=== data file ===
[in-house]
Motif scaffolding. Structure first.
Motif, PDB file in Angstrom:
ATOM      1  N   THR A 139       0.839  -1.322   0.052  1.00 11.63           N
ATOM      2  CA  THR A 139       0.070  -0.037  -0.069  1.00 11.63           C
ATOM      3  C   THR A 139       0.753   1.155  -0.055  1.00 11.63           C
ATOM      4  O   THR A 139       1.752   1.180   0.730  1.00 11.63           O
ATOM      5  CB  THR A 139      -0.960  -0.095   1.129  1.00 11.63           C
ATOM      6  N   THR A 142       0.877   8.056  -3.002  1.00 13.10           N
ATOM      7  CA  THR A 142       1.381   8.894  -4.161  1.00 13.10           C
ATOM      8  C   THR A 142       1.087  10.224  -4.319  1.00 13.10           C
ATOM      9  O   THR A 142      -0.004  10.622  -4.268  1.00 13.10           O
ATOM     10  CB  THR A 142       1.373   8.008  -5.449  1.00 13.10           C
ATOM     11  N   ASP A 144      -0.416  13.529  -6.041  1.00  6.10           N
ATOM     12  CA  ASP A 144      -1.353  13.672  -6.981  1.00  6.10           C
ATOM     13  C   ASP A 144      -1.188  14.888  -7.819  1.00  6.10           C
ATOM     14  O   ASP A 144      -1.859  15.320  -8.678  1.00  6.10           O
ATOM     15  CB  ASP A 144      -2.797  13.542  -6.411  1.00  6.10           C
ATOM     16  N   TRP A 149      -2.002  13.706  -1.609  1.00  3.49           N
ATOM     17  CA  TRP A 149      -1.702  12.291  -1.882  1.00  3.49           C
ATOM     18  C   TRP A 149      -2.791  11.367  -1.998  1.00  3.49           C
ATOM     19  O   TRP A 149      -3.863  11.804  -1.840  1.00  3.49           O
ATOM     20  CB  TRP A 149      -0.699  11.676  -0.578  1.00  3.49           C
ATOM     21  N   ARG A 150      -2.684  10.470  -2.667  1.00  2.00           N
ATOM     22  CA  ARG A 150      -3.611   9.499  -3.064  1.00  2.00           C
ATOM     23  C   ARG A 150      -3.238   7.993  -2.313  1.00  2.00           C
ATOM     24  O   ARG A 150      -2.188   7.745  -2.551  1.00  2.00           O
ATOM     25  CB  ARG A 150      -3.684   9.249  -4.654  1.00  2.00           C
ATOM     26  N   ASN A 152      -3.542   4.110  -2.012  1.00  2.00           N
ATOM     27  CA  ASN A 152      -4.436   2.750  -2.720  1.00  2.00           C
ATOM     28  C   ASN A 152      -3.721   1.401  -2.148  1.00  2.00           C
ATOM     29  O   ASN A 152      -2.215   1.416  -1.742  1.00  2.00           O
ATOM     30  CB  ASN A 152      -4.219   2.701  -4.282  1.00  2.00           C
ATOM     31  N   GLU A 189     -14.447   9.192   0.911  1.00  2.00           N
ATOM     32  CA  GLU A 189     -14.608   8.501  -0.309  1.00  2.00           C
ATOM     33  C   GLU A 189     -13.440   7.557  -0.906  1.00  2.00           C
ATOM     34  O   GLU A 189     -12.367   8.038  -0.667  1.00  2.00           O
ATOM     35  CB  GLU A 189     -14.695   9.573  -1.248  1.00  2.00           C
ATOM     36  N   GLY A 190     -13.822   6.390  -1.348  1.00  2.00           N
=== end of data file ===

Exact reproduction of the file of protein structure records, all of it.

[in-house]
Motif scaffolding. Structure first.
Motif, PDB file in Angstrom:
ATOM      1  N   THR A 139       0.839  -1.322   0.052  1.00 11.63           N
ATOM      2  CA  THR A 139       0.070  -0.037  -0.069  1.00 11.63           C
ATOM      3  C   THR A 139       0.753   1.155  -0.055  1.00 11.63           C
ATOM      4  O   THR A 139       1.752   1.180   0.730  1.00 11.63           O
ATOM      5  CB  THR A 139      -0.960  -0.095   1.129  1.00 11.63           C
ATOM      6  N   THR A 142       0.877   8.056  -3.002  1.00 13.10           N
ATOM      7  CA  THR A 142       1.381   8.894  -4.161  1.00 13.10           C
ATOM      8  C   THR A 142       1.087  10.224  -4.319  1.00 13.10           C
ATOM      9  O   THR A 142      -0.004  10.622  -4.268  1.00 13.10           O
ATOM     10  CB  THR A 142       1.373   8.008  -5.449  1.00 13.10           C
ATOM     11  N   ASP A 144      -0.416  13.529  -6.041  1.00  6.10           N
ATOM     12  CA  ASP A 144      -1.353  13.672  -6.981  1.00  6.10           C
ATOM     13  C   ASP A 144      -1.188  14.888  -7.819  1.00  6.10           C
ATOM     14  O   ASP A 144      -1.859  15.320  -8.678  1.00  6.10           O
ATOM     15  CB  ASP A 144      -2.797  13.542  -6.411  1.00  6.10           C
ATOM     16  N   TRP A 149      -2.002  13.706  -1.609  1.00  3.49           N
ATOM     17  CA  TRP A 149      -1.702  12.291  -1.882  1.00  3.49           C
ATOM     18  C   TRP A 149      -2.791  11.367  -1.998  1.00  3.49           C
ATOM     19  O   TRP A 149      -3.863  11.804  -1.840  1.00  3.49           O
ATOM     20  CB  TRP A 149      -0.699  11.676  -0.578  1.00  3.49           C
ATOM     21  N   ARG A 150      -2.684  10.470  -2.667  1.00  2.00           N
ATOM     22  CA  ARG A 150      -3.611   9.499  -3.064  1.00  2.00           C
ATOM     23  C   ARG A 150      -3.238   7.993  -2.313  1.00  2.00           C
ATOM     24  O   ARG A 150      -2.188   7.745  -2.551  1.00  2.00           O
ATOM     25  CB  ARG A 150      -3.684   9.249  -4.654  1.00  2.00           C
ATOM     26  N   ASN A 152      -3.542   4.110  -2.012  1.00  2.00           N
ATOM     27  CA  ASN A 152      -4.436   2.750  -2.720  1.00  2.00           C
ATOM     28  C   ASN A 152      -3.721   1.401  -2.148  1.00  2.00           C
ATOM     29  O   ASN A 152      -2.215   1.416  -1.742  1.00  2.00           O
ATOM     30  CB  ASN A 152      -4.219   2.701  -4.282  1.00  2.00           C
ATOM     31  N   GLU A 189     -14.447   9.192   0.911  1.00  2.00           N
ATOM     32  CA  GLU A 189     -14.608   8.501  -0.309  1.00  2.00           C
ATOM     33  C   GLU A 189     -13.440   7.557  -0.906  1.00  2.00           C
ATOM     34  O   GLU A 189     -12.367   8.038  -0.667  1.00  2.00           O
ATOM     35  CB  GLU A 189     -14.695   9.573  -1.248  1.00  2.00           C
ATOM     36  N   GLY A 190     -13.822   6.390  -1.348  1.00  2.00           N